ICC prosecutors seek war crimes trial for CAR’s militia leader

ICC prosecutors seek war crimes trial for CAR’s militia leader

Maxime Jeoffroy Eli Mokom Gawaka, an alleged militia leader in the Central African Republic (CAR), is wanted by the International Criminal Court (ICC) to face 20 counts of war crime and crime against humanity charges over allegations of atrocities committed by his self-proclaimed self-defense militias, most notably by coordinating revenge attacks against Muslims in the CAR in 2013 and 2014.

In a three-day hearing at The Hague-based ICC that started on Tuesday (22 August), war crime prosecutors are seeking to convince the ICC judges that there is sufficient evidence to prosecute the 44-year-old Mokom for his alleged role in directing murder, rape, pillaging and destruction of property as well as attacks against religious buildings, including mosques.

During the pre-trial hearing, judges heard that with the suspect’s support, Anti-Balaka militia attacks virtually drove the Muslim population out of the capital, Bangui, who then walked for weeks across the border to neighboring Chad and Cameroon, as hundreds of thousands were internally displaced and forced to endure inadequate food, shelter, and sanitation. The ex-militia leader has denied any involvement in the bloodshed a decade ago, telling judges in The Hague he was “dedicated to the search for peace.”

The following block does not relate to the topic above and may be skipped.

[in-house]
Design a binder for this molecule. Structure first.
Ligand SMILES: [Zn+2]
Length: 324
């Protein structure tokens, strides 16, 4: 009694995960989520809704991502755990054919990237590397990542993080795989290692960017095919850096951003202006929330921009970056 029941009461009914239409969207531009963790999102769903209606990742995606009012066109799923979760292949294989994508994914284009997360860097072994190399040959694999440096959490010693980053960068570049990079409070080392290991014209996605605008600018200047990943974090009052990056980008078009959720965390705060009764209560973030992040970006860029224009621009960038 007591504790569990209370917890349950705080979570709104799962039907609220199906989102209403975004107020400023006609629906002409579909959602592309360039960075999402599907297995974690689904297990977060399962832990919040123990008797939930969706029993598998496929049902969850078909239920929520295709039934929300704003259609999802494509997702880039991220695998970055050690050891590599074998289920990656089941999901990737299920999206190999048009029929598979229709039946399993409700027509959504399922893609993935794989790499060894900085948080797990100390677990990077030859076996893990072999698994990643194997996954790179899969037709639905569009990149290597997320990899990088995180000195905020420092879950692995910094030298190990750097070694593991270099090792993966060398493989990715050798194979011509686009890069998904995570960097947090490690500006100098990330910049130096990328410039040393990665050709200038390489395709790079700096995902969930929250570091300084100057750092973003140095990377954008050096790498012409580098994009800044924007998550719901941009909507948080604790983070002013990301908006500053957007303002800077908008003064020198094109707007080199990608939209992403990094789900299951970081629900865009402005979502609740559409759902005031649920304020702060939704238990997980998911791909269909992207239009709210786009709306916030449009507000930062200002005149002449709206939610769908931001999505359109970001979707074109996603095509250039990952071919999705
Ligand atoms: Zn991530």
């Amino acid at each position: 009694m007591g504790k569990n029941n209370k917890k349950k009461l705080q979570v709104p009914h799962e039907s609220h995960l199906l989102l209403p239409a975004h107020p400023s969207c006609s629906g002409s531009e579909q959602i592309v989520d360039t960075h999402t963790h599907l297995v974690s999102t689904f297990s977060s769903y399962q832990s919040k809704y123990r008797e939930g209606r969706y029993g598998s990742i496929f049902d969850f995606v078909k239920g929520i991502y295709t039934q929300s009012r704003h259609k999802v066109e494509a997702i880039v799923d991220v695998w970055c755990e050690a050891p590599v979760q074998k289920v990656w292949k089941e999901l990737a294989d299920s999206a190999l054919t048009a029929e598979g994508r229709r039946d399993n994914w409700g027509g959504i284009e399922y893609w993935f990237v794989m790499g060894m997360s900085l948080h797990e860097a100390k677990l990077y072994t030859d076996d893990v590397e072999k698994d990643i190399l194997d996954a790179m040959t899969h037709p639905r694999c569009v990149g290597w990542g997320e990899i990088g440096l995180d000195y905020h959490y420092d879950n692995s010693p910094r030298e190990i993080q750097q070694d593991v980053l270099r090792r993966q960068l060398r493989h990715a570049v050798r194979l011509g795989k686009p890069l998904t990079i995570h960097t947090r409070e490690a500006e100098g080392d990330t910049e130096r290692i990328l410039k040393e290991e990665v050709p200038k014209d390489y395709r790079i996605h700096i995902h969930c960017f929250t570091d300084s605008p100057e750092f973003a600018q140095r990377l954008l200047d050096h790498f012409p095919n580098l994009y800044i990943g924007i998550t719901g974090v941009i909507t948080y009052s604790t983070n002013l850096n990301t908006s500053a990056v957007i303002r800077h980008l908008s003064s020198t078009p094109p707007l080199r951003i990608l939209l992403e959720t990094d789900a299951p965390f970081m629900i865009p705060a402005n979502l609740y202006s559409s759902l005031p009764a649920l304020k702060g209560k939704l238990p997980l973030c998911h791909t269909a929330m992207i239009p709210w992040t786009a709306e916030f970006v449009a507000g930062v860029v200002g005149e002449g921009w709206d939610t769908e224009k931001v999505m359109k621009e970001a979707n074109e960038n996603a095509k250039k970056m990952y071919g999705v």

Mokom said he returned to the CAR in February 2014 during the height of the violence after fleeing to the neighboring Democratic Republic of Congo (DRC) to “search for peace, rather than engage in war.”

CAR, one of the vulnerable countries in the world, was plunged into bloody sectarian conflict after Seleka rebels, a coalition of armed groups mainly composed of Muslims, ousted president Francois Bozize in early 2013. In reaction to the capture of Bangui by the Selaka rebels, the Mokom-led self-proclaimed self-defense militias made up mostly of Christian and animist fighters reportedly attacked the capital city, while “creating terror within the civilian population… and using them as human shields to achieve their aims,” according to a lawyer representing victims in the case. After listening to the prosecution, the defense and the legal representatives of the victims, the ICC judges will decide if Mokom should stand trial.

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